Professor Adrianne Frech of the University of Akron and co-author Sarah Damaske of Pennsylvania State University analyzed longitudinal data from 2,540 women who became mothers between 1978 and 1995.
The research revealed the choices women make early in their professional careers can affect their health later in life, the researchers said.
The study found women who returned full time to the workforce shortly after having children reported better mental and physical health -- specifically, greater mobility, more energy and less depression at age 40.
"Work is good for your health, both mentally and physically," Frech said in a statement. "It gives women a sense of purpose, self-efficacy, control and autonomy. They have a place where they are an expert on something, and they're paid a wage."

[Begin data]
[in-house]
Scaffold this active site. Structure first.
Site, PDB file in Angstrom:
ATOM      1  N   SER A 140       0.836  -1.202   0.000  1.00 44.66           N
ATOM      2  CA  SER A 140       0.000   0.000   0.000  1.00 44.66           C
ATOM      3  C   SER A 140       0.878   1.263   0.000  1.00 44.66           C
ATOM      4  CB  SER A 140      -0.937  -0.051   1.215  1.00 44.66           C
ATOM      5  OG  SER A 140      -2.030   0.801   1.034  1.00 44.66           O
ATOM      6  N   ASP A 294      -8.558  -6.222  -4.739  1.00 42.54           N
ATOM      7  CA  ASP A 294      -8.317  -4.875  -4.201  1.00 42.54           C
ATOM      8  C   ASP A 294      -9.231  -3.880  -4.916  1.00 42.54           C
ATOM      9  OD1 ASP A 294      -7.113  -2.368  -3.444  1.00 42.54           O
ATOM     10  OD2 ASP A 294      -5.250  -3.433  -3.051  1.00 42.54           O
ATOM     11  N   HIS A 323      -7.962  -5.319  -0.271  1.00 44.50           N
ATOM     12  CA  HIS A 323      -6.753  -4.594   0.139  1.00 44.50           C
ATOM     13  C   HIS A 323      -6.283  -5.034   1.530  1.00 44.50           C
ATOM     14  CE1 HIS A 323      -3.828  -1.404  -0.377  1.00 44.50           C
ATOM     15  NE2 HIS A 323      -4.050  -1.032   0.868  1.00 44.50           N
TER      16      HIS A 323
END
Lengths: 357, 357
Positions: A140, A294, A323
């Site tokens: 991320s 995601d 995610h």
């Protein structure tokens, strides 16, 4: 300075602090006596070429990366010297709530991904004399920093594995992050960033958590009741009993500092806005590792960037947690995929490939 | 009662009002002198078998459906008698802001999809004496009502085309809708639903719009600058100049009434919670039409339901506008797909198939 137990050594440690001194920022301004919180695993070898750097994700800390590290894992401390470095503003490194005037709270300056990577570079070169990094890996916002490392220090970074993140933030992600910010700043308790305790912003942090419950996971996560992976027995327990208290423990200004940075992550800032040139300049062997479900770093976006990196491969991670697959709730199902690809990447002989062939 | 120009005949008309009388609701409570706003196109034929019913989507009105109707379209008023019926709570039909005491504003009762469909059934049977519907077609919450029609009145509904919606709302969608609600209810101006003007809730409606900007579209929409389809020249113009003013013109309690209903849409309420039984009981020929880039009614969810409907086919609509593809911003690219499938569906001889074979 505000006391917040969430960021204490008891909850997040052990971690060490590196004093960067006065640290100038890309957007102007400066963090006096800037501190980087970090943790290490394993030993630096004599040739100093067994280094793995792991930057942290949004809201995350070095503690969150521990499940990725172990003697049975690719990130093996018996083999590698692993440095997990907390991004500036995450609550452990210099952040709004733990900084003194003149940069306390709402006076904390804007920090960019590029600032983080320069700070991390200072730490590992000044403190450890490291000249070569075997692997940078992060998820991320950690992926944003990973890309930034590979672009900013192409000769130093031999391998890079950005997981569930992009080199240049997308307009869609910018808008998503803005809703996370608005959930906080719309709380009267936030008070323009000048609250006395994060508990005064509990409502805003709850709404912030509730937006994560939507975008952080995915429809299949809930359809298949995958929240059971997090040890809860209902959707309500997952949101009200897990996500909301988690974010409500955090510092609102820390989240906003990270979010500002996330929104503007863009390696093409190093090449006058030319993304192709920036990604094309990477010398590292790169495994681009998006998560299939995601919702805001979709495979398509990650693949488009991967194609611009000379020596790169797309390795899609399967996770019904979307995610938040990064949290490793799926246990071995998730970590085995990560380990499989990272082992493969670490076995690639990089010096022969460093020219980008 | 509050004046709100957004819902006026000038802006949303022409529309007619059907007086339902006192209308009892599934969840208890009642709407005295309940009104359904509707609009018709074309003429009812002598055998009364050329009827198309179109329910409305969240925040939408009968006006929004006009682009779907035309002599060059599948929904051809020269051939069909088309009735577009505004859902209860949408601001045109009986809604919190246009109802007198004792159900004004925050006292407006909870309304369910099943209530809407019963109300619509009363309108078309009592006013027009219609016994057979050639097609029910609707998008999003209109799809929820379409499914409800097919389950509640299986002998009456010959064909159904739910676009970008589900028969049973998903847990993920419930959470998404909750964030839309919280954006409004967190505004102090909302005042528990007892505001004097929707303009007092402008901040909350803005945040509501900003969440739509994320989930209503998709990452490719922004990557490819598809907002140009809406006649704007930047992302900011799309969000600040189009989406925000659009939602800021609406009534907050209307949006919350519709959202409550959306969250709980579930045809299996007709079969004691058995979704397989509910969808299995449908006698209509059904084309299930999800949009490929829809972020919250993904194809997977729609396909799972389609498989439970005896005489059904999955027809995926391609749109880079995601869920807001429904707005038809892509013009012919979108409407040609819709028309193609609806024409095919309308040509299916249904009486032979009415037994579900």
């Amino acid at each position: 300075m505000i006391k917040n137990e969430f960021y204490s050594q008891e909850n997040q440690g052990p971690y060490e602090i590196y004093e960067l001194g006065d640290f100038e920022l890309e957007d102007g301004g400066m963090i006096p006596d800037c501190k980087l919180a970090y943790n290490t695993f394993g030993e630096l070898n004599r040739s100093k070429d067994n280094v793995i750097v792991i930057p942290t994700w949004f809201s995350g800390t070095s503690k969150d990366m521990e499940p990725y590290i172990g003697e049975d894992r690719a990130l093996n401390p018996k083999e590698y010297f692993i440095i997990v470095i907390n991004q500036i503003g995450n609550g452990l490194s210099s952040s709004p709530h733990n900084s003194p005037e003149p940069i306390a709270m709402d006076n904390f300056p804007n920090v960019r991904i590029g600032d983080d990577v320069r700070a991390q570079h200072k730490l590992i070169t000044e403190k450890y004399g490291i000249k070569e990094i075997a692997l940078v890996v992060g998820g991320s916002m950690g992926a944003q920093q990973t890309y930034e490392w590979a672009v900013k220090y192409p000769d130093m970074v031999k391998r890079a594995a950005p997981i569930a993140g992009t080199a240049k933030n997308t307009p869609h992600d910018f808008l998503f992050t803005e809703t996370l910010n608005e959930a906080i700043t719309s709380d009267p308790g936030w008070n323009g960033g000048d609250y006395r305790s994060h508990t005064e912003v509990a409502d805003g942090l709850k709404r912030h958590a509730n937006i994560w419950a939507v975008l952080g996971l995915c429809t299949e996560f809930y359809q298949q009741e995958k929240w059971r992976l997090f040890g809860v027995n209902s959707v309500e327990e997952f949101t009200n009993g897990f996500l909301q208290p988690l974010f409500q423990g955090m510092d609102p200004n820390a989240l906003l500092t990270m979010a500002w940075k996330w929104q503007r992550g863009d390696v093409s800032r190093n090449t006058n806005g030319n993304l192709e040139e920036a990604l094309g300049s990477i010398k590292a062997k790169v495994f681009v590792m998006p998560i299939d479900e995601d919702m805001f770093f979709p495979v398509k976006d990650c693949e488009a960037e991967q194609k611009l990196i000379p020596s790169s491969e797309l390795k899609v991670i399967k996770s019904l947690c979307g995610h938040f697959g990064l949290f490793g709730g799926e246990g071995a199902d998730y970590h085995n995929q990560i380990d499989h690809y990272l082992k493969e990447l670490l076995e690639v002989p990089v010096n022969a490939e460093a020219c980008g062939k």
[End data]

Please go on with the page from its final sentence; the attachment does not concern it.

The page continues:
Frech said one group of women who were least healthy at age 40 were the "persistently unemployed," who were in and out of the workforce, often not by choice, and experience the highs and lows of finding rewarding work only to lose it and start the cycle again.
"Struggling to hold onto a job or being in constant job search mode wears on their health, especially mentally, but also physically," Frech said.
The findings were presented at the American Sociological Association's annual meeting in Denver.
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